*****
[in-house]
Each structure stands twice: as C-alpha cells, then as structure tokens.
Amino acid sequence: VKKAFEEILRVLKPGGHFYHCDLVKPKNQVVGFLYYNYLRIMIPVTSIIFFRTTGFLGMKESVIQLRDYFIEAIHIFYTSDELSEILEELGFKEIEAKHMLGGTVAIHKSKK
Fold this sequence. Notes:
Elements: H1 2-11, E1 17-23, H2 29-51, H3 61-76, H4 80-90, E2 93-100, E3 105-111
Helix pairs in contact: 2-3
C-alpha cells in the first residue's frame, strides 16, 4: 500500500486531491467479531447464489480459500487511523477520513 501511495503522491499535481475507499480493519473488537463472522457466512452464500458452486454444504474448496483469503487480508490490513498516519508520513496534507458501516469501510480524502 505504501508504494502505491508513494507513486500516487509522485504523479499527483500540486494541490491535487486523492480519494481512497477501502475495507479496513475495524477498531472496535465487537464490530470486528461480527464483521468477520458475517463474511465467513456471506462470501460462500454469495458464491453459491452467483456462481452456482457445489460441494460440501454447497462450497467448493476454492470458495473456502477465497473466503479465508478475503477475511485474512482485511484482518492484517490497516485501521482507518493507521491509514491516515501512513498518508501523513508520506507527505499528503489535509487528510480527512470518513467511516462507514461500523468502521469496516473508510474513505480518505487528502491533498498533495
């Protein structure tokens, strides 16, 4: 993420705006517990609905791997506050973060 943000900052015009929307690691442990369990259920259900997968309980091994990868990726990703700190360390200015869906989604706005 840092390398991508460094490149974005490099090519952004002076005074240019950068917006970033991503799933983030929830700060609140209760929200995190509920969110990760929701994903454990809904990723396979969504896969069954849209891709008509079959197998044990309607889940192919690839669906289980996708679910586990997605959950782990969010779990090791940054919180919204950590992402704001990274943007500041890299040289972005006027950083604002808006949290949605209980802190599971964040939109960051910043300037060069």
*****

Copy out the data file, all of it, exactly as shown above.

[in-house]
Each structure stands twice: as C-alpha cells, then as structure tokens.
Amino acid sequence: VKKAFEEILRVLKPGGHFYHCDLVKPKNQVVGFLYYNYLRIMIPVTSIIFFRTTGFLGMKESVIQLRDYFIEAIHIFYTSDELSEILEELGFKEIEAKHMLGGTVAIHKSKK
Fold this sequence. Notes:
Elements: H1 2-11, E1 17-23, H2 29-51, H3 61-76, H4 80-90, E2 93-100, E3 105-111
Helix pairs in contact: 2-3
C-alpha cells in the first residue's frame, strides 16, 4: 500500500486531491467479531447464489480459500487511523477520513 501511495503522491499535481475507499480493519473488537463472522457466512452464500458452486454444504474448496483469503487480508490490513498516519508520513496534507458501516469501510480524502 505504501508504494502505491508513494507513486500516487509522485504523479499527483500540486494541490491535487486523492480519494481512497477501502475495507479496513475495524477498531472496535465487537464490530470486528461480527464483521468477520458475517463474511465467513456471506462470501460462500454469495458464491453459491452467483456462481452456482457445489460441494460440501454447497462450497467448493476454492470458495473456502477465497473466503479465508478475503477475511485474512482485511484482518492484517490497516485501521482507518493507521491509514491516515501512513498518508501523513508520506507527505499528503489535509487528510480527512470518513467511516462507514461500523468502521469496516473508510474513505480518505487528502491533498498533495
């Protein structure tokens, strides 16, 4: 993420705006517990609905791997506050973060 943000900052015009929307690691442990369990259920259900997968309980091994990868990726990703700190360390200015869906989604706005 840092390398991508460094490149974005490099090519952004002076005074240019950068917006970033991503799933983030929830700060609140209760929200995190509920969110990760929701994903454990809904990723396979969504896969069954849209891709008509079959197998044990309607889940192919690839669906289980996708679910586990997605959950782990969010779990090791940054919180919204950590992402704001990274943007500041890299040289972005006027950083604002808006949290949605209980802190599971964040939109960051910043300037060069």